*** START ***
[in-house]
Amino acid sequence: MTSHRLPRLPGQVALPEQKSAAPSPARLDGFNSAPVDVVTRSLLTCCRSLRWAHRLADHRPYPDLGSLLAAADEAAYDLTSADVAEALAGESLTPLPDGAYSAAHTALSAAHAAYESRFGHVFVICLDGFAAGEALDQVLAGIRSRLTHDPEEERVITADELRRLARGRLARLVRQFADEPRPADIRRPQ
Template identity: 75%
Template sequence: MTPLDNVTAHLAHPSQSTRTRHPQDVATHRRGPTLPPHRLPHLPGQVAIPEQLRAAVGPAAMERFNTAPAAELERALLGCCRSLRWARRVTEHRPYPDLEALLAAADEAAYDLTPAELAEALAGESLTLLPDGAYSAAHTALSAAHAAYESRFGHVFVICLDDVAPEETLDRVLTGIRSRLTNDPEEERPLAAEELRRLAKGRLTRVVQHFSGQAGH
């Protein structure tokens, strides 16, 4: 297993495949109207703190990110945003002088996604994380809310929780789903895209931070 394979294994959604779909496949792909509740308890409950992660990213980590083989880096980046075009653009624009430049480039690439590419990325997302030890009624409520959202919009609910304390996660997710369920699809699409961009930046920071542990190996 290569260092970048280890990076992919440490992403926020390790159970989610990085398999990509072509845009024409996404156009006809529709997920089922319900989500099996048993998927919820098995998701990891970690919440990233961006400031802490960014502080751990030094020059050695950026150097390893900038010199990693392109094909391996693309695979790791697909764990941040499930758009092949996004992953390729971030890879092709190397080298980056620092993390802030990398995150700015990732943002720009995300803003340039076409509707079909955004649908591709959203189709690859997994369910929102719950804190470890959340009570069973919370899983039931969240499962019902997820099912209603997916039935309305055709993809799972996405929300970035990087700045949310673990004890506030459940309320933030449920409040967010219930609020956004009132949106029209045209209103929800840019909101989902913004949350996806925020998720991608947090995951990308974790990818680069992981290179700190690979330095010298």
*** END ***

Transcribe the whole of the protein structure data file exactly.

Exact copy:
[in-house]
Amino acid sequence: MTSHRLPRLPGQVALPEQKSAAPSPARLDGFNSAPVDVVTRSLLTCCRSLRWAHRLADHRPYPDLGSLLAAADEAAYDLTSADVAEALAGESLTPLPDGAYSAAHTALSAAHAAYESRFGHVFVICLDGFAAGEALDQVLAGIRSRLTHDPEEERVITADELRRLARGRLARLVRQFADEPRPADIRRPQ
Template identity: 75%
Template sequence: MTPLDNVTAHLAHPSQSTRTRHPQDVATHRRGPTLPPHRLPHLPGQVAIPEQLRAAVGPAAMERFNTAPAAELERALLGCCRSLRWARRVTEHRPYPDLEALLAAADEAAYDLTPAELAEALAGESLTLLPDGAYSAAHTALSAAHAAYESRFGHVFVICLDDVAPEETLDRVLTGIRSRLTNDPEEERPLAAEELRRLAKGRLTRVVQHFSGQAGH
């Protein structure tokens, strides 16, 4: 297993495949109207703190990110945003002088996604994380809310929780789903895209931070 394979294994959604779909496949792909509740308890409950992660990213980590083989880096980046075009653009624009430049480039690439590419990325997302030890009624409520959202919009609910304390996660997710369920699809699409961009930046920071542990190996 290569260092970048280890990076992919440490992403926020390790159970989610990085398999990509072509845009024409996404156009006809529709997920089922319900989500099996048993998927919820098995998701990891970690919440990233961006400031802490960014502080751990030094020059050695950026150097390893900038010199990693392109094909391996693309695979790791697909764990941040499930758009092949996004992953390729971030890879092709190397080298980056620092993390802030990398995150700015990732943002720009995300803003340039076409509707079909955004649908591709959203189709690859997994369910929102719950804190470890959340009570069973919370899983039931969240499962019902997820099912209603997916039935309305055709993809799972996405929300970035990087700045949310673990004890506030459940309320933030449920409040967010219930609020956004009132949106029209045209209103929800840019909101989902913004949350996806925020998720991608947090995951990308974790990818680069992981290179700190690979330095010298």